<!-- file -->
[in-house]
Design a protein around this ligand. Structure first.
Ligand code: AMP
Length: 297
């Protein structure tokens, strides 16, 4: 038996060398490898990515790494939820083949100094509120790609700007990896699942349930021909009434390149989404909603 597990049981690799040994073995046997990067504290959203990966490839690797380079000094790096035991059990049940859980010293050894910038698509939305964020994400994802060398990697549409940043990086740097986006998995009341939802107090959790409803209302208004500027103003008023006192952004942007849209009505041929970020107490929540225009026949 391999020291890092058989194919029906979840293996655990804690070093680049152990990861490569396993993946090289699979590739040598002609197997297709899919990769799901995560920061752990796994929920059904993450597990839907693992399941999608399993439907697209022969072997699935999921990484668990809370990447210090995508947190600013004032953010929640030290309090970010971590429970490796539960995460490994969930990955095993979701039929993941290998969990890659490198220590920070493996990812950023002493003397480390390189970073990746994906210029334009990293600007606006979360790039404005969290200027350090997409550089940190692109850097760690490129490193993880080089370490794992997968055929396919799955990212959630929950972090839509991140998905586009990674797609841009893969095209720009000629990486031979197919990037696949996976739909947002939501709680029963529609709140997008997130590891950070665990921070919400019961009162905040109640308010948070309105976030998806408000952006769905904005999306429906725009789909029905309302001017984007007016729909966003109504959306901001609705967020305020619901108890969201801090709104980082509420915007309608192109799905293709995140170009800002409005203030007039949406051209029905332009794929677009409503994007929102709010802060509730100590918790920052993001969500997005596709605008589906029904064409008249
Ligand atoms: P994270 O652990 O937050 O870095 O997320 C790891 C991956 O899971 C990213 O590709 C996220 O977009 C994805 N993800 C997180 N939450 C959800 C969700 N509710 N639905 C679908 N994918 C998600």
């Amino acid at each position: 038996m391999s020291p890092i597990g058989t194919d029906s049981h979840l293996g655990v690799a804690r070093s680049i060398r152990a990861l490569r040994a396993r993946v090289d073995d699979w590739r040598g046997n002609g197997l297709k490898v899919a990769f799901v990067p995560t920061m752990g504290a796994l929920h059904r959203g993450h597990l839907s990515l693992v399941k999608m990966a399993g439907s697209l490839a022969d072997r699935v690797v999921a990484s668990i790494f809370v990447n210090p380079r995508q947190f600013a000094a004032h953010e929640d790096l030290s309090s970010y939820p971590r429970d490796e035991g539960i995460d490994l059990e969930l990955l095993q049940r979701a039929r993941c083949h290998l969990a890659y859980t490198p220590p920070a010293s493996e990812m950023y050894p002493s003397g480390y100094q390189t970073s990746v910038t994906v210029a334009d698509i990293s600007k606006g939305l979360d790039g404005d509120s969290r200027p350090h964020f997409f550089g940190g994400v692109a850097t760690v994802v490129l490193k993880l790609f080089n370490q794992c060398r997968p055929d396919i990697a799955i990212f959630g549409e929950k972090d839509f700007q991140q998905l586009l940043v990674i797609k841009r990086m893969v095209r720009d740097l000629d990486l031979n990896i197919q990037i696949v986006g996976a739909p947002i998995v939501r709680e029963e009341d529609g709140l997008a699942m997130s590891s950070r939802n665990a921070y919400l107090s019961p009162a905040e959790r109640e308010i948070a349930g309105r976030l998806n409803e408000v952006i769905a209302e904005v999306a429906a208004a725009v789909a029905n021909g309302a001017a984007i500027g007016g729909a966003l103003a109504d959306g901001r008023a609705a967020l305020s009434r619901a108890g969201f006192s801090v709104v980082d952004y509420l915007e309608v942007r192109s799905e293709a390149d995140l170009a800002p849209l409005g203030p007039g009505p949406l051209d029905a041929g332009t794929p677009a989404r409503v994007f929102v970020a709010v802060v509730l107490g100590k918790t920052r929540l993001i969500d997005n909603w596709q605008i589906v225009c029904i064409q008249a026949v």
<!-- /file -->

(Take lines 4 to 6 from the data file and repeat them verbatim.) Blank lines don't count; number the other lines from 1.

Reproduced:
Length: 297
């Protein structure tokens, strides 16, 4: 038996060398490898990515790494939820083949100094509120790609700007990896699942349930021909009434390149989404909603 597990049981690799040994073995046997990067504290959203990966490839690797380079000094790096035991059990049940859980010293050894910038698509939305964020994400994802060398990697549409940043990086740097986006998995009341939802107090959790409803209302208004500027103003008023006192952004942007849209009505041929970020107490929540225009026949 391999020291890092058989194919029906979840293996655990804690070093680049152990990861490569396993993946090289699979590739040598002609197997297709899919990769799901995560920061752990796994929920059904993450597990839907693992399941999608399993439907697209022969072997699935999921990484668990809370990447210090995508947190600013004032953010929640030290309090970010971590429970490796539960995460490994969930990955095993979701039929993941290998969990890659490198220590920070493996990812950023002493003397480390390189970073990746994906210029334009990293600007606006979360790039404005969290200027350090997409550089940190692109850097760690490129490193993880080089370490794992997968055929396919799955990212959630929950972090839509991140998905586009990674797609841009893969095209720009000629990486031979197919990037696949996976739909947002939501709680029963529609709140997008997130590891950070665990921070919400019961009162905040109640308010948070309105976030998806408000952006769905904005999306429906725009789909029905309302001017984007007016729909966003109504959306901001609705967020305020619901108890969201801090709104980082509420915007309608192109799905293709995140170009800002409005203030007039949406051209029905332009794929677009409503994007929102709010802060509730100590918790920052993001969500997005596709605008589906029904064409008249
Ligand atoms: P994270 O652990 O937050 O870095 O997320 C790891 C991956 O899971 C990213 O590709 C996220 O977009 C994805 N993800 C997180 N939450 C959800 C969700 N509710 N639905 C679908 N994918 C998600």